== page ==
Sleep, regardless of whether you are a teenager or over 60, is vitally important to maintaining good physical and emotional health. It is widely accepted that the average adult needs approximately 7.5 to 9 hours sleep per night. However our bodies do not always allow for the deep, undisturbed sleep we used to enjoy in our youth.
The difficulties associated with falling asleep and staying asleep is not only due to natural ageing, but also our environment and daytime behaviour. Fortunately there are a number of steps that can be taken to improve general sleep and repair bad sleeping habits developed over the course of adulthood.
Daytime habits to improve the quality of sleep
Exercise is very important to getting a good night’s sleep. It releases endorphins to boost your mood and reduce stress, as well as releases chemicals to promote a better sleep.
Exercising your brain is equally as important as exercising your body. By keeping your brain engaged in the community, in your home or family for example, helps keep your mind alert and prepares your body for a better sleep.
Expose yourself to sunlight
Sleep for humans are regulated by their exposure to light and dark environments. Sunlight is very important for the regulation of melatonin level during the day and allows us to establish positive sleep/wake cycles. Getting a couple of hours of sunlight help you get to sleep and stay asleep.
Reduce harmful stimulants
Alcohol, nicotine, caffeine. We are all aware that these substances alter our natural state of being. By reducing these substances late in the day or eliminating them completely, will greatly reduce their interference and help you get to sleep naturally.
Evening habits to improve the quality of sleep
Increase your melatonin level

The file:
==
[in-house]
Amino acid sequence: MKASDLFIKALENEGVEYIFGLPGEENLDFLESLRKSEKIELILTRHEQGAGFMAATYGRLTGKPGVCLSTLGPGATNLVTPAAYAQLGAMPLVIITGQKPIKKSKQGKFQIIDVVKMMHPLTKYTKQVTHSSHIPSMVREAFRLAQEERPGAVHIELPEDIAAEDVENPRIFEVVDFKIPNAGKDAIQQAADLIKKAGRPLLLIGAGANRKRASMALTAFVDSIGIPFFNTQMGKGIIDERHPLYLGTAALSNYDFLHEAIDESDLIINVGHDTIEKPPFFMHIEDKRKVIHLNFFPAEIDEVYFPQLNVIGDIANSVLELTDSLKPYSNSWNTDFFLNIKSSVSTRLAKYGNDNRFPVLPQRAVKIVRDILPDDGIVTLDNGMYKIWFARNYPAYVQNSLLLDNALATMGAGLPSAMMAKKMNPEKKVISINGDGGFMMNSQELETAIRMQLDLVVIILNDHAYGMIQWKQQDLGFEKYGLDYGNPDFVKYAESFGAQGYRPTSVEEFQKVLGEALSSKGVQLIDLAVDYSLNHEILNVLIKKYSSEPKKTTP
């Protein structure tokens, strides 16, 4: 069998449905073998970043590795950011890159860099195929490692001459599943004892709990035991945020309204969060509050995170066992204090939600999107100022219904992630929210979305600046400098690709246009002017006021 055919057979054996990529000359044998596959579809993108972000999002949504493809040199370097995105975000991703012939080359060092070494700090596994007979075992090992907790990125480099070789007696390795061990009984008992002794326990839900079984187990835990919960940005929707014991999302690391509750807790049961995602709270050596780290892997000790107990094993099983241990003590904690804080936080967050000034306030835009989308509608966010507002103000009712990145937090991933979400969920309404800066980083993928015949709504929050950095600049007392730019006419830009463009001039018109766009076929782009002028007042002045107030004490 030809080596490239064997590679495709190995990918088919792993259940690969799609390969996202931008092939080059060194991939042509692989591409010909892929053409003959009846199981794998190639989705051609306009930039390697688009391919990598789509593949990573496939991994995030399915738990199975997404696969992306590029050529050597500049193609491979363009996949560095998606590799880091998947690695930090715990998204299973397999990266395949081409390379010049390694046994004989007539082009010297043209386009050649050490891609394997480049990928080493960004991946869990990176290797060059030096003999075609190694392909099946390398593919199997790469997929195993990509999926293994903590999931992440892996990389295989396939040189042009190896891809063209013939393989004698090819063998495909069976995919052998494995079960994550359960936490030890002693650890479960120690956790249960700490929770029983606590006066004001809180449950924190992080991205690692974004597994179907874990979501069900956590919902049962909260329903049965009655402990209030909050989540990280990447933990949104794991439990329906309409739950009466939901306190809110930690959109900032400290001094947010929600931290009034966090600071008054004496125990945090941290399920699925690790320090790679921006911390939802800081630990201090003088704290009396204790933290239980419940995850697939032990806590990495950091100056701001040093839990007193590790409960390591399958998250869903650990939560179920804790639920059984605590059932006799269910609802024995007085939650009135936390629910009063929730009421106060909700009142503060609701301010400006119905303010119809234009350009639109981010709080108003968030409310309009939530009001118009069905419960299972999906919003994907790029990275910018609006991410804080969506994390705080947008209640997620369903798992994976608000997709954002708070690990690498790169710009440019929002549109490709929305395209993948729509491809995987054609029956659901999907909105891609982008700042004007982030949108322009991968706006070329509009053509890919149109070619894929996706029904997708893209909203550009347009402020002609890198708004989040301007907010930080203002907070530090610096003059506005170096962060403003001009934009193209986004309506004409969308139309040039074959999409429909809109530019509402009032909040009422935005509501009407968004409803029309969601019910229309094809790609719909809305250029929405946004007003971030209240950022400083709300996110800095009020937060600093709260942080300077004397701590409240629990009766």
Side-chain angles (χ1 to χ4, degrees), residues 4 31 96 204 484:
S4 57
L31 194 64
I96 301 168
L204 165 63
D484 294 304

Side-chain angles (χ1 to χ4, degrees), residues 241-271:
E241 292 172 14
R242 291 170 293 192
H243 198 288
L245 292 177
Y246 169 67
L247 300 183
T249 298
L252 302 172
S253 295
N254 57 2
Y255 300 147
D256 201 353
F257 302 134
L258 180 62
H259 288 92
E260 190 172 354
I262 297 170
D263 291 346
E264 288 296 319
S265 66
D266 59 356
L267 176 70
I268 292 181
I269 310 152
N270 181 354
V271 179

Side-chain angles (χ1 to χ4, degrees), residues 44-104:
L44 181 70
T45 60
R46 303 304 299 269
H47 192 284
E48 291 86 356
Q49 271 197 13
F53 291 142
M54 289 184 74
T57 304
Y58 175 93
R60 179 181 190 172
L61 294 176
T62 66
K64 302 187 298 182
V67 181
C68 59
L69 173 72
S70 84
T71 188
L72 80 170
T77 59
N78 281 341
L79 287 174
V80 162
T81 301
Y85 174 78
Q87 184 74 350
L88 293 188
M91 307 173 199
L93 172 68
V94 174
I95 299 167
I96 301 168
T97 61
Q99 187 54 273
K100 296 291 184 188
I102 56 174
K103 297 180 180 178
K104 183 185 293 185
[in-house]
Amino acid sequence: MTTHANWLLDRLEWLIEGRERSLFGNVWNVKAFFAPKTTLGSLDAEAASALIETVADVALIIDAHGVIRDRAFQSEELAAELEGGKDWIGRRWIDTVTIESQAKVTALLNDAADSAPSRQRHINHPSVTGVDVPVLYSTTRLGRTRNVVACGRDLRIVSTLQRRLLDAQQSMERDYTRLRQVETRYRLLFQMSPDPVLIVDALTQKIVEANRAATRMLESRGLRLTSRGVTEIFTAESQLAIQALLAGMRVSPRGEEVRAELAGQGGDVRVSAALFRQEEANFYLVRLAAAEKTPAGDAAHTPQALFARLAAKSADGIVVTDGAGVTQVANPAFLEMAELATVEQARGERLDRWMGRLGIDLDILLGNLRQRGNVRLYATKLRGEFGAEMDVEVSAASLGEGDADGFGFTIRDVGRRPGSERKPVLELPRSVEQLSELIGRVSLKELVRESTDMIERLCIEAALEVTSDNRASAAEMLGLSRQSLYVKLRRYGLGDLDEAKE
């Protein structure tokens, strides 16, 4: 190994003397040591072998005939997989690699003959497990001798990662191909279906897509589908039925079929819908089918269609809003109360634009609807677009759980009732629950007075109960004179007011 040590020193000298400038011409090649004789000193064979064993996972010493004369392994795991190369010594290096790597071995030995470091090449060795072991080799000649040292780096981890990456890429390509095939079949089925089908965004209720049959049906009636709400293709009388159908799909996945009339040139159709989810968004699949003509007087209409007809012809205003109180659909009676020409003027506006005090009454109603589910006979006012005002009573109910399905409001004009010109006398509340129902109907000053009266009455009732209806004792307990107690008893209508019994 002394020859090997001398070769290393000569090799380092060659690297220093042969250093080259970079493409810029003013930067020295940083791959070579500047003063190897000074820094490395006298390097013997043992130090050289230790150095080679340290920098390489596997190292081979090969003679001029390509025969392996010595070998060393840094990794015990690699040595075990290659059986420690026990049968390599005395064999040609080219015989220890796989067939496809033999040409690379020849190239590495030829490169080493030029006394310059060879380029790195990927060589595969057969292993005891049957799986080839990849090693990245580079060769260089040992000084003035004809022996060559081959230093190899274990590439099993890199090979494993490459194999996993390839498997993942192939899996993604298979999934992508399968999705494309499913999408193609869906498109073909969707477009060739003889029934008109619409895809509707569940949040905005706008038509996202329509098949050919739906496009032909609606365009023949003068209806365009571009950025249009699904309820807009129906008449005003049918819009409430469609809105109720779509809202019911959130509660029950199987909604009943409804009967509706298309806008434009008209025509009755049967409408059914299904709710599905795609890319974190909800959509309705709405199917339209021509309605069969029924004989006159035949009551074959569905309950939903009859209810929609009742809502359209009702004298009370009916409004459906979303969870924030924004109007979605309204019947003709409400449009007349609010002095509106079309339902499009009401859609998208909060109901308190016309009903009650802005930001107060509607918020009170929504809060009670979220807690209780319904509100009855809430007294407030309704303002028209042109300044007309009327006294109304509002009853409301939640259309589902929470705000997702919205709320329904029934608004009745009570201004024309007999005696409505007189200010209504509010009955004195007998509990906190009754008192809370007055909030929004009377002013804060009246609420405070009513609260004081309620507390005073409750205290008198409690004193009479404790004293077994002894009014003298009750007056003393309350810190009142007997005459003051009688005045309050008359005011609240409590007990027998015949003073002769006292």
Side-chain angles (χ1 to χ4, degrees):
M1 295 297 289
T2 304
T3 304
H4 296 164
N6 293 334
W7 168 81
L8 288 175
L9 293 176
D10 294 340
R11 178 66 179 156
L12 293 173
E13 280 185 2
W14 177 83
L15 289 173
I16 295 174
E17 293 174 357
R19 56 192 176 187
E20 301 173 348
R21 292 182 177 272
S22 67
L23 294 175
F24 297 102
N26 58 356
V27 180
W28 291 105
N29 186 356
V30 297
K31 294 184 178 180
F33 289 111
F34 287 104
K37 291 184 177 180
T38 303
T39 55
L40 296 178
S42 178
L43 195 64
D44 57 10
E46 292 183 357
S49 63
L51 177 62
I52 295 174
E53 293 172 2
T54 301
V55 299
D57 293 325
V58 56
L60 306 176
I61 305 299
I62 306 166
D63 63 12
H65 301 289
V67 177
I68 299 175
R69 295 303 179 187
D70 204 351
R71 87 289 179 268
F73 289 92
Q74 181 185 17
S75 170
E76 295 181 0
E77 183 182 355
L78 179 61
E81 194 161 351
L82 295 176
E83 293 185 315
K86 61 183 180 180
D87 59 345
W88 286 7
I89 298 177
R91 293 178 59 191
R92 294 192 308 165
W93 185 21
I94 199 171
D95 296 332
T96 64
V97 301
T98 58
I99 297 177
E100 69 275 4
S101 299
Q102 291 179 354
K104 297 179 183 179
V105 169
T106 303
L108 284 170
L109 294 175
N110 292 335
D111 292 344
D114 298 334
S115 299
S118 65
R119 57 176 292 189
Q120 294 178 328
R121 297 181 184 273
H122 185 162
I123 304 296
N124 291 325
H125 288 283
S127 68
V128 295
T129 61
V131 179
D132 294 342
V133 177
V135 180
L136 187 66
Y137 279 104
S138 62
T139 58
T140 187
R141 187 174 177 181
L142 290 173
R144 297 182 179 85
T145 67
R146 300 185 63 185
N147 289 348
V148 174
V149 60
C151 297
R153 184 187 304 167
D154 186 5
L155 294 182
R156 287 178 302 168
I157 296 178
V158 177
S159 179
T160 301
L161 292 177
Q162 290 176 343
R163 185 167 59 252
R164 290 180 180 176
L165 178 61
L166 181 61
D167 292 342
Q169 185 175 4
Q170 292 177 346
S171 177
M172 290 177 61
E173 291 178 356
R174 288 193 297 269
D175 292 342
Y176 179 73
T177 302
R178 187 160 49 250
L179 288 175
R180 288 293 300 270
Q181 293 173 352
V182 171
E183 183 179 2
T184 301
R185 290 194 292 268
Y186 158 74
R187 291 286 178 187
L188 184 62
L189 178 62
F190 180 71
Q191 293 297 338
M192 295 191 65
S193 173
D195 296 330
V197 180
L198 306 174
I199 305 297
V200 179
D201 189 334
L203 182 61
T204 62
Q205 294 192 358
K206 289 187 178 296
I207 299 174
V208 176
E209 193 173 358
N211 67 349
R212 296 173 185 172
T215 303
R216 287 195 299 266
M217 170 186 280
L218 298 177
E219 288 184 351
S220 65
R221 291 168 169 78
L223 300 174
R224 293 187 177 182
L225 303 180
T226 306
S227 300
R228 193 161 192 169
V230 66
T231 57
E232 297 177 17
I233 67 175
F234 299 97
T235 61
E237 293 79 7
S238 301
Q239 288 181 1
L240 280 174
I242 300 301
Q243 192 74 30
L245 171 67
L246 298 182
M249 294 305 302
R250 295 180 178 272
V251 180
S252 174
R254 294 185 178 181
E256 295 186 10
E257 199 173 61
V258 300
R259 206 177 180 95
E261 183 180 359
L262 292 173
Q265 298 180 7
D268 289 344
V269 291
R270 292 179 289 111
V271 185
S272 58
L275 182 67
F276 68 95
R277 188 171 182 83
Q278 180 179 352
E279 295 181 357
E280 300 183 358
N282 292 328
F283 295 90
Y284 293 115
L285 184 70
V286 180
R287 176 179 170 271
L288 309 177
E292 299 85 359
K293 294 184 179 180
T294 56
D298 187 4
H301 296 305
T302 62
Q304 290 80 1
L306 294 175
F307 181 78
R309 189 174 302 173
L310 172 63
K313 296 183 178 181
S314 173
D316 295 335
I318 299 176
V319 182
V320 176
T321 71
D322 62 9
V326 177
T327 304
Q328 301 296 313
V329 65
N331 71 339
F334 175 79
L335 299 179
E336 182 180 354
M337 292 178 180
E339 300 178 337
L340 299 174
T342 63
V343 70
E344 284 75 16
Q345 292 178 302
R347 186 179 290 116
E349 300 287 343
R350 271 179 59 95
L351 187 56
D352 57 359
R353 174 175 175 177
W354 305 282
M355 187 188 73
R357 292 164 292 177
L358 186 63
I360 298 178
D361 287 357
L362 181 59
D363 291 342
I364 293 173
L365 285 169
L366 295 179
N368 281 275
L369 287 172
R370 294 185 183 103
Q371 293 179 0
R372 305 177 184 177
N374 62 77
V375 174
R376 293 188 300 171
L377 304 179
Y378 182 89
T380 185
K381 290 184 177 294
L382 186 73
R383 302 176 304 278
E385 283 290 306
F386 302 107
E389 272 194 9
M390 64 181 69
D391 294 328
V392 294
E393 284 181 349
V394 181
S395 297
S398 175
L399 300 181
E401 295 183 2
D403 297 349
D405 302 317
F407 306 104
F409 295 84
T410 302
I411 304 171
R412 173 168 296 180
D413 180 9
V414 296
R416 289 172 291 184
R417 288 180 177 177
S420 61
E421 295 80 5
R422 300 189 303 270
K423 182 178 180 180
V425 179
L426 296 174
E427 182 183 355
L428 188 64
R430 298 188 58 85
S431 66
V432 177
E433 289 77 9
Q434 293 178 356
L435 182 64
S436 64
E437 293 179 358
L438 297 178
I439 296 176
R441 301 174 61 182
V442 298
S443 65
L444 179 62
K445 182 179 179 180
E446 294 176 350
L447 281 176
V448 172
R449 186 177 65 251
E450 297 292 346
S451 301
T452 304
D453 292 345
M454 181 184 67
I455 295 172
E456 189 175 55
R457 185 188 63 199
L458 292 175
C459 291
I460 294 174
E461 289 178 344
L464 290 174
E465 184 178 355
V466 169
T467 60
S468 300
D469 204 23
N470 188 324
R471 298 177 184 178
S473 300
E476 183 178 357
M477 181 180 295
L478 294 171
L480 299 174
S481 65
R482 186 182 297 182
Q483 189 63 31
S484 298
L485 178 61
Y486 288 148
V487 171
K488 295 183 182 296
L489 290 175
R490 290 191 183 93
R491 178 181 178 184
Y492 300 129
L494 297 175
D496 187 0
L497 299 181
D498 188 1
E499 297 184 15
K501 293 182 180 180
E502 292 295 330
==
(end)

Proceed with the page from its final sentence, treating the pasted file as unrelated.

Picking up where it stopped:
Melatonin is the hormone in your body that makes you sleepy. Artificial light greatly affects the production of melatonin in your body. Simple steps such as using low wattage bulbs in the evening and turning off televisions, computers and backlit devices (such as an iPad or smartphone) an hour before bed will help boost your melatonin production.
Establish the bedroom as place for sleep and sex
The bedroom needs to be established as a place for sleep or intimacy. Eliminating items from your bedroom such as computer or television will help create an association with your brain that it is either time to go to sleep or to get romantic.
Practice mindful breathing and meditation
Creating a focus on your mind and body through slow breathing allows your whole system to calm. There has even been evidence published that establishes that deeps breaths allow the system in your body responsible for relaxation to override the system responsible for stress.
Mindfulness and mediation, whereby a person concentrates on how the rise and fall of your breath affects the body, allows you to relax and release tense muscles. Following the physical change, the mind is able to let stressful and negative thoughts flow from the mind, as you remain connected to a slow rhythmic breath. Mediating for 8 to 10 minutes has extremely beneficial affects on sleep.
Consider your eating and drinking habits
As we begin to wind down in the evening, eating and drinking should be kept to a minimum. To avoid discomfort or indigestion it is best to eat a two to three hours before bedtime and avoid any spicy or really heavy foods. If you are still hungry following dinner, satisfy your hunger with a light snack such milk, crackers or yoghurt.